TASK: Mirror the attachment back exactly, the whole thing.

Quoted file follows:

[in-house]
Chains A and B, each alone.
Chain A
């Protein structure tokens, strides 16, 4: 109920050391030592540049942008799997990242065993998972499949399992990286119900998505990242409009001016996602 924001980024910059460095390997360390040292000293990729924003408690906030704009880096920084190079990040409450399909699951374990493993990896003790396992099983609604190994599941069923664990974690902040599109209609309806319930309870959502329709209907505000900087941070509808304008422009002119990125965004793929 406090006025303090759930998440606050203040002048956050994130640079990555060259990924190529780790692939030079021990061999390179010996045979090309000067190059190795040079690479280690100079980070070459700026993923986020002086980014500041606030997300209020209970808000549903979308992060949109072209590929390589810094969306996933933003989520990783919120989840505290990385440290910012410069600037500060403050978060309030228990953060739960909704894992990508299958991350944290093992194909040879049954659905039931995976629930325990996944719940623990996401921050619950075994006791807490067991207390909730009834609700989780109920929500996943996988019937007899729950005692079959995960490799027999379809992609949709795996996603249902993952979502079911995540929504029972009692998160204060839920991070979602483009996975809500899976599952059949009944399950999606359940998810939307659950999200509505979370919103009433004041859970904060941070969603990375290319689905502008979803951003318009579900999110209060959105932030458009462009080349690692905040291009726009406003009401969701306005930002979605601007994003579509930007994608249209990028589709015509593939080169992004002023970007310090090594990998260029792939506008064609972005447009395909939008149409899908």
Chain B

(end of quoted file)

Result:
[in-house]
Chains A and B, each alone.
Chain A
């Protein structure tokens, strides 16, 4: 109920050391030592540049942008799997990242065993998972499949399992990286119900998505990242409009001016996602 924001980024910059460095390997360390040292000293990729924003408690906030704009880096920084190079990040409450399909699951374990493993990896003790396992099983609604190994599941069923664990974690902040599109209609309806319930309870959502329709209907505000900087941070509808304008422009002119990125965004793929 406090006025303090759930998440606050203040002048956050994130640079990555060259990924190529780790692939030079021990061999390179010996045979090309000067190059190795040079690479280690100079980070070459700026993923986020002086980014500041606030997300209020209970808000549903979308992060949109072209590929390589810094969306996933933003989520990783919120989840505290990385440290910012410069600037500060403050978060309030228990953060739960909704894992990508299958991350944290093992194909040879049954659905039931995976629930325990996944719940623990996401921050619950075994006791807490067991207390909730009834609700989780109920929500996943996988019937007899729950005692079959995960490799027999379809992609949709795996996603249902993952979502079911995540929504029972009692998160204060839920991070979602483009996975809500899976599952059949009944399950999606359940998810939307659950999200509505979370919103009433004041859970904060941070969603990375290319689905502008979803951003318009579900999110209060959105932030458009462009080349690692905040291009726009406003009401969701306005930002979605601007994003579509930007994608249209990028589709015509593939080169992004002023970007310090090594990998260029792939506008064609972005447009395909939008149409899908």
Chain B